Subway poem #4

Subway rides, growing longer and more crowded, provide plenty of time to reflect on current events. This one is for the survivors of Parkland, Florida. 

"Things Fall Apart"

The most striking part of
Nigerian tribal life in
Chinua Achebe’s book was not
The shamans and ghostly rituals.
It was when Ekwefi, a young mother,
Said of her beloved daughter
(The only survivor of ten babies),
“Perhaps she is here to stay.”
Meaning, on earth. 
“I pray she stays.”
I remember thinking,
What a savage place, 
Where mothers are resigned to lose their children. 
Again and again.

Even non-mothers know
A youthful death
Is a cosmic wrong. 
I learned this when
I saw a college friend in her coffin,
And knew with the truth of
My young being that
This body, thick with disease, 
was not her.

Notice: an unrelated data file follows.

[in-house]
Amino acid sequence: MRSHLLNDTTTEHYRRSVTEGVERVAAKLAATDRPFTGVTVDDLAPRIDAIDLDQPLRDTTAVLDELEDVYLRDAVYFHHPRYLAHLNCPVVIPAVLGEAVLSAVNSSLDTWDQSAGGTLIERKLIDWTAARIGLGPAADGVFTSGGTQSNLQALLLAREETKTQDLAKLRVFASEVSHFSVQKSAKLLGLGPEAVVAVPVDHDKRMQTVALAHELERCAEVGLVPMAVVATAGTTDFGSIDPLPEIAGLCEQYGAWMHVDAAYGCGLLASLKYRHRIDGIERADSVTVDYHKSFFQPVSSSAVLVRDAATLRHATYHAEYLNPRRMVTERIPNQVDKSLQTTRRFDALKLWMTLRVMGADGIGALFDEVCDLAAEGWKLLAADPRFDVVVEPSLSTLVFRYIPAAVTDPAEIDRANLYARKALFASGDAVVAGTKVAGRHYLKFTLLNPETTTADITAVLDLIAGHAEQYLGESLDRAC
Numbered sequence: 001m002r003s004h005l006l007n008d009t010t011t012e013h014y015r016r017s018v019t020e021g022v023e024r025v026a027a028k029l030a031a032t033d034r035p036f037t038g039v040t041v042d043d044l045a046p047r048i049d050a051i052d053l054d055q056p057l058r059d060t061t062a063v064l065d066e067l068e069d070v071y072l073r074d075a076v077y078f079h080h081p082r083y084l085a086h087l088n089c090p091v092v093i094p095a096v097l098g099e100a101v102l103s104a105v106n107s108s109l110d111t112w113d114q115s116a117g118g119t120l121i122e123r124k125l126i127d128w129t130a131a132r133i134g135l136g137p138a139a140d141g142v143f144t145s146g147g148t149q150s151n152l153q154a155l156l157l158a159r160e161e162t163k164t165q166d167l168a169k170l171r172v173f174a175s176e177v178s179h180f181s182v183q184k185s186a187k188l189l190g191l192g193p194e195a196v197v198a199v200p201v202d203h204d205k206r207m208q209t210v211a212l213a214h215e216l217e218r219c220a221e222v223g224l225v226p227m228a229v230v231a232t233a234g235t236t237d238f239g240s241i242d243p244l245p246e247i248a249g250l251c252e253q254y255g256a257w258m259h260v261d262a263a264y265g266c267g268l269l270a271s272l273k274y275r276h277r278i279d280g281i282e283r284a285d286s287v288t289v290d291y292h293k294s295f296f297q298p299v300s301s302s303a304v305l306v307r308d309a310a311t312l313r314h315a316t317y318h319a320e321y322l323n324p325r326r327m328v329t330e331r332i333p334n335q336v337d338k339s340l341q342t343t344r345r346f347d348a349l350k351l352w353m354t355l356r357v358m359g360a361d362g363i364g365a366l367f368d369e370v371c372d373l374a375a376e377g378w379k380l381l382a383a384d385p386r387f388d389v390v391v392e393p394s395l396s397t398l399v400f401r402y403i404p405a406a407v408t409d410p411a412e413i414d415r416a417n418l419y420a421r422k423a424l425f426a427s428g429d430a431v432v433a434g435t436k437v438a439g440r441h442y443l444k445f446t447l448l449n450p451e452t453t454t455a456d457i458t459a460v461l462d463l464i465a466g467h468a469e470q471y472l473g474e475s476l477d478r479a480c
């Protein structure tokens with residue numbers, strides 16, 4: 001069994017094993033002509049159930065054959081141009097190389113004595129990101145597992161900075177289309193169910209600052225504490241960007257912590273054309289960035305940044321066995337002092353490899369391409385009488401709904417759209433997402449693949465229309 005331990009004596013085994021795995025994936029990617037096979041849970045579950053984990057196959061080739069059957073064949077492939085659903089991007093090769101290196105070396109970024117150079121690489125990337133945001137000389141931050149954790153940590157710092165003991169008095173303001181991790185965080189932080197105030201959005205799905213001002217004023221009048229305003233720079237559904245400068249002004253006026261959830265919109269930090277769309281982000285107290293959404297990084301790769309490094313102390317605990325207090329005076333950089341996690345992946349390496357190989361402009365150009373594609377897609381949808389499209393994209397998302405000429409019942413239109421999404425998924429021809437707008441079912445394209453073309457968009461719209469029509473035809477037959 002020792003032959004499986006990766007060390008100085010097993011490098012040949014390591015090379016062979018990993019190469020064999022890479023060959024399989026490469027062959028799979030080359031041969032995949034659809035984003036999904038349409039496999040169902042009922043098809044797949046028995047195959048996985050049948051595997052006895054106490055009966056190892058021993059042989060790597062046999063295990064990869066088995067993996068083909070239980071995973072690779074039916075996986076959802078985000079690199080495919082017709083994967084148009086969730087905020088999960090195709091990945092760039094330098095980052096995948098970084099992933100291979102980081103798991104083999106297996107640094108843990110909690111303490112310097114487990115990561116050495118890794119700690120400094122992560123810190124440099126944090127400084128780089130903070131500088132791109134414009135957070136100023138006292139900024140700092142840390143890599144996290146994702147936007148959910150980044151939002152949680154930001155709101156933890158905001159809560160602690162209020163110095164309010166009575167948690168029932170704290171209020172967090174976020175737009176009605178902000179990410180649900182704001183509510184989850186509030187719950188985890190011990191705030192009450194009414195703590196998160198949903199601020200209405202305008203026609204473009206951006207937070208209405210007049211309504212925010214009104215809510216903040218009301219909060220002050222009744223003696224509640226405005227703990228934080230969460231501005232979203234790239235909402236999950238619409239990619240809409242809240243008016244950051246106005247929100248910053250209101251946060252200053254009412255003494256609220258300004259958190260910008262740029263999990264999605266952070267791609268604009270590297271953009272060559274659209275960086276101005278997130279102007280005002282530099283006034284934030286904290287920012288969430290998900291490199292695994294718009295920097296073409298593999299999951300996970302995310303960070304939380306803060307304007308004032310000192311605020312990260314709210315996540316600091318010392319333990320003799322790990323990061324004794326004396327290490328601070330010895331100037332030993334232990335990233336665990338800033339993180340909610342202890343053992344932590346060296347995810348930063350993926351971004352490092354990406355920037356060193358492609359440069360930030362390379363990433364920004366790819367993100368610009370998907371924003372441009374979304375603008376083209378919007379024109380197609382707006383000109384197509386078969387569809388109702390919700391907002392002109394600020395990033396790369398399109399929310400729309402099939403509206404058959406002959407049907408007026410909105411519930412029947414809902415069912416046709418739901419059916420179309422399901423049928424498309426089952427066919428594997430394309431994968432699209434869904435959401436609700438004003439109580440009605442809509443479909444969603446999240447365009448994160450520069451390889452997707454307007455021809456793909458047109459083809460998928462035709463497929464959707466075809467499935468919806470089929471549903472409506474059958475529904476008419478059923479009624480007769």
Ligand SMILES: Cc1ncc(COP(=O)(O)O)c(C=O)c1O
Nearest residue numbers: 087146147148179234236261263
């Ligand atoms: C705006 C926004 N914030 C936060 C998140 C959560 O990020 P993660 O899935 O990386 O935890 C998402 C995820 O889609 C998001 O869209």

She had been a dancer,
A breathtaking one, 
Springing off the stage
Like a willow branch off the breeze.
But now she was elsewhere, resting.

Those left behind do not rest.
Dead children leave living parents with
Hearts shrouded in a black ivy, 
A suffocating growth with knifed edges. 
When a fourth grader at church
Was taken by cancer,
Her father wept on a blog.
I read once then turned away,
Unwilling to watch him struggle
To breathe in the darkness.

Every time tender American souls
Are cut down by American bullets,
I wonder how Chinua Achebe would frame This moment
In our history. 
I think he would be confused, 
And repulsed. 
Because unlike disease or foreign invaders,
It is we who are killing our young.

We can stop. 
But we don’t. 
Instead, mothers send their treasures to school,
Hoping that they will stay
Alive. 
Who is the savage now?
America falls apart.